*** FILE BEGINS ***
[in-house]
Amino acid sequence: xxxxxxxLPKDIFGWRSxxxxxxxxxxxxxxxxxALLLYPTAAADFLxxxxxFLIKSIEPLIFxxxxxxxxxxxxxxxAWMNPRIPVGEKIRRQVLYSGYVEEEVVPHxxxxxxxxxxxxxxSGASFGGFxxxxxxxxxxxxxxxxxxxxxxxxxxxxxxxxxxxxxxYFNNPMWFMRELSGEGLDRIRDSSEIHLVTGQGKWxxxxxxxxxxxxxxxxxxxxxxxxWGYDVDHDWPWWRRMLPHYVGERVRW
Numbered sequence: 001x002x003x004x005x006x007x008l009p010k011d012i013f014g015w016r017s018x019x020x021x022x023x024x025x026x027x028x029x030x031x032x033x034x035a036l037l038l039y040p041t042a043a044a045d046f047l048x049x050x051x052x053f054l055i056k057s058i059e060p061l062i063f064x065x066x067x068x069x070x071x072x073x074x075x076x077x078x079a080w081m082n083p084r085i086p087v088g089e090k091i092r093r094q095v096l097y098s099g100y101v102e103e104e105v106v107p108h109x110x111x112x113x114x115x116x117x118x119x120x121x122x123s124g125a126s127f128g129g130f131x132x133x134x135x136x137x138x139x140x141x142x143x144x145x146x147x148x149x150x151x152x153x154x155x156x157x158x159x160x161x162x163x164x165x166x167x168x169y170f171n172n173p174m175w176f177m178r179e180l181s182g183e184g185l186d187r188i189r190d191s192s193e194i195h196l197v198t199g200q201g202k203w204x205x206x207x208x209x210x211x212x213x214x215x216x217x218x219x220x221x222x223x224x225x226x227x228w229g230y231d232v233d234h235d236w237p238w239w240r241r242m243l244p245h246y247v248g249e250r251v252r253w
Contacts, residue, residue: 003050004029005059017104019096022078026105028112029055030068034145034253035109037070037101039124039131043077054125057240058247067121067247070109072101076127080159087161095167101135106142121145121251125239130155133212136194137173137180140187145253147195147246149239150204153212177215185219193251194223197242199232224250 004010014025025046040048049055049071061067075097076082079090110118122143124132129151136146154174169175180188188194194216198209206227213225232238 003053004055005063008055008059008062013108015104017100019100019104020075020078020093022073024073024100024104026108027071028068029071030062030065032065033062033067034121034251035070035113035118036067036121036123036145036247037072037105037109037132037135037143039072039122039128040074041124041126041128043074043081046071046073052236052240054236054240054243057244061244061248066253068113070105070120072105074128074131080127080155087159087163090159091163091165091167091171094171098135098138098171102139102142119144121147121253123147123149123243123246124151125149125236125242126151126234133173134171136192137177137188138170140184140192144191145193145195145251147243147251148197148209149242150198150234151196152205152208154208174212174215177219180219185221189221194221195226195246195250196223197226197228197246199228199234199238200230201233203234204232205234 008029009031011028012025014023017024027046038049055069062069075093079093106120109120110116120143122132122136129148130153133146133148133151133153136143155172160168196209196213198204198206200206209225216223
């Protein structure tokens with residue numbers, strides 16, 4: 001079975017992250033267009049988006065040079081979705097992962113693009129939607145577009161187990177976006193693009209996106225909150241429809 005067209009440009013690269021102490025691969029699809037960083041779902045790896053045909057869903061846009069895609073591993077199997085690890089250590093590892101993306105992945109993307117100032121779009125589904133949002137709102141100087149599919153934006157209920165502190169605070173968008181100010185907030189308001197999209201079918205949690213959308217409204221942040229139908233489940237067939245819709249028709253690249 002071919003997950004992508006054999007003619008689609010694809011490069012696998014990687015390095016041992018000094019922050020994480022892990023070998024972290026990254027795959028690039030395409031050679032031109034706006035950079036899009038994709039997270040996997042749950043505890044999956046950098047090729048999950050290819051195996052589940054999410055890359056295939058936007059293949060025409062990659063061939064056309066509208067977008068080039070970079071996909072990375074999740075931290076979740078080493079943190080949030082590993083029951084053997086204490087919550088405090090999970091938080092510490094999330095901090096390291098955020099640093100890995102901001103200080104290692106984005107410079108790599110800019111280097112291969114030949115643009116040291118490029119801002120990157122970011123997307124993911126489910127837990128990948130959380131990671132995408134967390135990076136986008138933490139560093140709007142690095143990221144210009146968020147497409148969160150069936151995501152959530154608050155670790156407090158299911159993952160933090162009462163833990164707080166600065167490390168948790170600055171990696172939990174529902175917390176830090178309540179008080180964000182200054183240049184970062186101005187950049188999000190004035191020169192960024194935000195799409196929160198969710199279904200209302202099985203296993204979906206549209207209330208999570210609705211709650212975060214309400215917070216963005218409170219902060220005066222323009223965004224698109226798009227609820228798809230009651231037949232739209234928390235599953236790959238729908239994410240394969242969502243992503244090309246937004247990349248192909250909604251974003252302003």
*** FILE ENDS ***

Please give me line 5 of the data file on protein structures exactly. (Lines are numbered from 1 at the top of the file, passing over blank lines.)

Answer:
């Protein structure tokens with residue numbers, strides 16, 4: 001079975017992250033267009049988006065040079081979705097992962113693009129939607145577009161187990177976006193693009209996106225909150241429809 005067209009440009013690269021102490025691969029699809037960083041779902045790896053045909057869903061846009069895609073591993077199997085690890089250590093590892101993306105992945109993307117100032121779009125589904133949002137709102141100087149599919153934006157209920165502190169605070173968008181100010185907030189308001197999209201079918205949690213959308217409204221942040229139908233489940237067939245819709249028709253690249 002071919003997950004992508006054999007003619008689609010694809011490069012696998014990687015390095016041992018000094019922050020994480022892990023070998024972290026990254027795959028690039030395409031050679032031109034706006035950079036899009038994709039997270040996997042749950043505890044999956046950098047090729048999950050290819051195996052589940054999410055890359056295939058936007059293949060025409062990659063061939064056309066509208067977008068080039070970079071996909072990375074999740075931290076979740078080493079943190080949030082590993083029951084053997086204490087919550088405090090999970091938080092510490094999330095901090096390291098955020099640093100890995102901001103200080104290692106984005107410079108790599110800019111280097112291969114030949115643009116040291118490029119801002120990157122970011123997307124993911126489910127837990128990948130959380131990671132995408134967390135990076136986008138933490139560093140709007142690095143990221144210009146968020147497409148969160150069936151995501152959530154608050155670790156407090158299911159993952160933090162009462163833990164707080166600065167490390168948790170600055171990696172939990174529902175917390176830090178309540179008080180964000182200054183240049184970062186101005187950049188999000190004035191020169192960024194935000195799409196929160198969710199279904200209302202099985203296993204979906206549209207209330208999570210609705211709650212975060214309400215917070216963005218409170219902060220005066222323009223965004224698109226798009227609820228798809230009651231037949232739209234928390235599953236790959238729908239994410240394969242969502243992503244090309246937004247990349248192909250909604251974003252302003």